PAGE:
1755 On November 11th the will of Ephraim Williams is presented for probate in the court at Northampton, Massachusetts.
1762 Attempts are made by members of the Williams family to found Queens College in Hatfield, Massachusetts. Pressured by Harvard College, which opposes the establishment of a competing institution in the colony, Governor Bernard is forced to revoke the Queens College charter a year after granting it.
1765 The west township is incorporated under its present name, fulfilling the proviso of Ephraim Jr.’s will “that the Governor & General Court give to the said township the name of Williamstown.”
1770 Having obtained a copy of Ephraim Jr.’s will several years earlier, the Proprietors of Williamstown call the Executors of the estate before the General Court to answer for the delay in fulfilling Ephraim Jr.’s intentions. In response to the charges, the Executors draw attention to the still unsettled boundary between New York and Massachusetts.
1773 New York and Massachusetts settle their long-standing boundary dispute, setting the line 20 miles east of the Hudson River. However, it requires action by the Continental Congress in 1784 to have the parties reach formal agreement. Williamstown is now officially located in Massachusetts, thereby meeting the second stipulation of Ephraim Jr.’s will, that “the said township fall within the jurisdiction of the Province of Massachusetts Bay.”
1785 The Massachusetts legislature grants a charter to the free school called for in Ephraim Jr.’s will. Israel Williams and John Worthington (1719-1800), the Executors of the will, have until now managed the funds accrued from the estate. Amounting to over $11,000, those funds are transferred on March 8th to the newly incorporated “Trustees of the Donation of Ephraim Williams, Esq., for maintaining a Free School in Williamstown.” At their first meeting on April 24th, the Trustees resolve to apply the whole of Ephraim’s bequest to the Williamstown Free School, ending any plans to establish a second school in North Adams.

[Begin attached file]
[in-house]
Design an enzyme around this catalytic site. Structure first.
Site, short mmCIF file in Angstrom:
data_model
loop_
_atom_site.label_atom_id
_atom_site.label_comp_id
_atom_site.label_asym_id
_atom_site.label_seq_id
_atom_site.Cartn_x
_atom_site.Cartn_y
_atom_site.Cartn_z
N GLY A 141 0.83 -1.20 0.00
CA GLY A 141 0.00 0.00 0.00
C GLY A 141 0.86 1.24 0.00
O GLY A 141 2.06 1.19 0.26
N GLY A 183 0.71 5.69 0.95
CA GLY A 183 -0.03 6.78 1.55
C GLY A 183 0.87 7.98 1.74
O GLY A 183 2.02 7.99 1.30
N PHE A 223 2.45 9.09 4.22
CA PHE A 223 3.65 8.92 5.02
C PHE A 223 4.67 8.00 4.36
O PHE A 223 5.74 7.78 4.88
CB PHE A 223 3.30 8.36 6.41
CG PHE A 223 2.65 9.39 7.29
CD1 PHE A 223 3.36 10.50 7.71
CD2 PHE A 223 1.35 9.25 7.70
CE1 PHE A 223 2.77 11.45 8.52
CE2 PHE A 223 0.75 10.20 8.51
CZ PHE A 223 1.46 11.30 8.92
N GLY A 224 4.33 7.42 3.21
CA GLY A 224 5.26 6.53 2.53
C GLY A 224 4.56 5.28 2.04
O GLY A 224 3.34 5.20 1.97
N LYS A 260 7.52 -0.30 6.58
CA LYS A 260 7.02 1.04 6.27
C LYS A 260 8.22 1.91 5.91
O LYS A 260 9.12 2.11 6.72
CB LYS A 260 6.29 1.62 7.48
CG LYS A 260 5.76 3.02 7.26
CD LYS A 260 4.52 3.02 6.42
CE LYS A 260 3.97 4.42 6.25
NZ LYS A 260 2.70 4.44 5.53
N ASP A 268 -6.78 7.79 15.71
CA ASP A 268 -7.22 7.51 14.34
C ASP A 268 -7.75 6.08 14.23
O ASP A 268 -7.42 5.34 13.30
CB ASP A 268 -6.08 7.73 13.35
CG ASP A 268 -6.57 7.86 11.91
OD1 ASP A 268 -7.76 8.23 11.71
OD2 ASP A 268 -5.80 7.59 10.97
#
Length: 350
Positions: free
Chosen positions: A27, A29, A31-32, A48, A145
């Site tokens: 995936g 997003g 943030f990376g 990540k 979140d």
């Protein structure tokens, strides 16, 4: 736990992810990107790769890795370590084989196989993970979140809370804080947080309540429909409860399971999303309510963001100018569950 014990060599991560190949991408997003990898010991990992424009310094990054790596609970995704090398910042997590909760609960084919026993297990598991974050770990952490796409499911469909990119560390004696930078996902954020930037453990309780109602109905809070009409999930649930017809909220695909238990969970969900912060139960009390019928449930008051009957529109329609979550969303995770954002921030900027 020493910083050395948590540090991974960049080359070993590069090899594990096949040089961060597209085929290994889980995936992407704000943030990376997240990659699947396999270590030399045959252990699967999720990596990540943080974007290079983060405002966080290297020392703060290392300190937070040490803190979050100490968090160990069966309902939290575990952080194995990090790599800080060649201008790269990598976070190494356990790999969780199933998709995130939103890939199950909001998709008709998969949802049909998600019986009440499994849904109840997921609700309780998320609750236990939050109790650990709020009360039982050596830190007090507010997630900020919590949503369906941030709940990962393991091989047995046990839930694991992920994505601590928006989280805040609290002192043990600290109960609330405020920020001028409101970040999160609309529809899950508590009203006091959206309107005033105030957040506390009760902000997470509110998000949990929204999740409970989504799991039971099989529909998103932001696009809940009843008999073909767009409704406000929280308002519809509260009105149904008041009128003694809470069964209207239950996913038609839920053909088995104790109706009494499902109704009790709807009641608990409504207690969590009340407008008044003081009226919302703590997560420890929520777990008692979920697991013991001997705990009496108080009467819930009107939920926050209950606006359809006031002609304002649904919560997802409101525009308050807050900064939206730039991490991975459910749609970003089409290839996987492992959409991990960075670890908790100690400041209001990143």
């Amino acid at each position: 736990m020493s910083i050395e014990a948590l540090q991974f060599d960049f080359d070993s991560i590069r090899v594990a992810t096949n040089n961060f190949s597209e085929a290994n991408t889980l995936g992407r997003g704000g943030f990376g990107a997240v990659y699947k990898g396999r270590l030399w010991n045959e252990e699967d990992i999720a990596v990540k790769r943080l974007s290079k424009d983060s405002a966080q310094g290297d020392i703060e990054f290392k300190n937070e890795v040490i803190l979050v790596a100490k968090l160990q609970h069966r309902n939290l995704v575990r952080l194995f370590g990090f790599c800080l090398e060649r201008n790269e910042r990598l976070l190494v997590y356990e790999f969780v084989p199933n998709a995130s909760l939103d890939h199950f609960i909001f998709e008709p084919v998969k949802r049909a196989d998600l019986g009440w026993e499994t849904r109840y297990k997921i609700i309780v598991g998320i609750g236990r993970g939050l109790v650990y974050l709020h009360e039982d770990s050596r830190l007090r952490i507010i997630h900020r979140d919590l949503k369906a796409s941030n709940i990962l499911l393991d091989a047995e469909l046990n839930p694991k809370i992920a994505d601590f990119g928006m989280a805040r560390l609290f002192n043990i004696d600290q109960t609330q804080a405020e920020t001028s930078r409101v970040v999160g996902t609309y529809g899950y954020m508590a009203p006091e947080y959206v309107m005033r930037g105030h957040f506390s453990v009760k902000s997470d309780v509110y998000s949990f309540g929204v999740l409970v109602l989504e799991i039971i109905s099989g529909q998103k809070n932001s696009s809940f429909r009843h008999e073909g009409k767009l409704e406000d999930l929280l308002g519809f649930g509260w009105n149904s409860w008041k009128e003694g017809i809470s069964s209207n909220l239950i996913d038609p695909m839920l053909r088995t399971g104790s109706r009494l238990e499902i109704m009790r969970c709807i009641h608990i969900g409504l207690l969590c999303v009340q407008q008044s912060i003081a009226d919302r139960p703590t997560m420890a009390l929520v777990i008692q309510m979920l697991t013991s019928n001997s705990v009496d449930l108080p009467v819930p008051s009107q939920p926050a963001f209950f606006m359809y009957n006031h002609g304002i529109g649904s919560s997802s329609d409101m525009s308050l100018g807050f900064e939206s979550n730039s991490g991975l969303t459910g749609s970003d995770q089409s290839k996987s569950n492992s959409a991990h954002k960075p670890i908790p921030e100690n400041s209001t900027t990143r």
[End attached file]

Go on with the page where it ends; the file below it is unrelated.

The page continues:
1788 The Trustees petition the Massachusetts General Court to hold a lottery to raise additional capital to fund the construction of a brick building to house the Free School. The petition is granted on February 11, 1789.
1790 The lottery is held on May 22nd and raises $3,449. Construction of the building to be known as West College begins that summer. The building’s design incorporates a kitchen, dining room, chapel, library, recitation rooms and dormitory.
1791 With construction of the building barely completed, the Free School opens October 26th. Ebenezer Fitch (1756-1833) serves as preceptor and schoolmaster. Sixty-five students are enrolled: 45 in the Free School, and 20 in a tuition-charging Academy (or Grammar School) established to teach more advanced subjects.
1792 In May the Trustees petition the Massachusetts General Court to convert the Free School into a college to be named Williams Hall. In their petition, they stress the importance of keeping college-bound Massachusetts students from leaving the state, the moral ambiance (or “lack of allurements”) of the rural location, and the affordability of an education here, which, they assert, will bring it “more within the power of the middling and lower class of citizens.”
1793 Williams College is incorporated as the General Court grants the Trustee’s petition on June 22nd. The College opens its doors October 9th with an undergraduate enrollment of 20. The Free School is closed, and the Academy, with a student body of approximately 60, will be phased out after several years.
By Sylvia Kennick Brown, College Archivist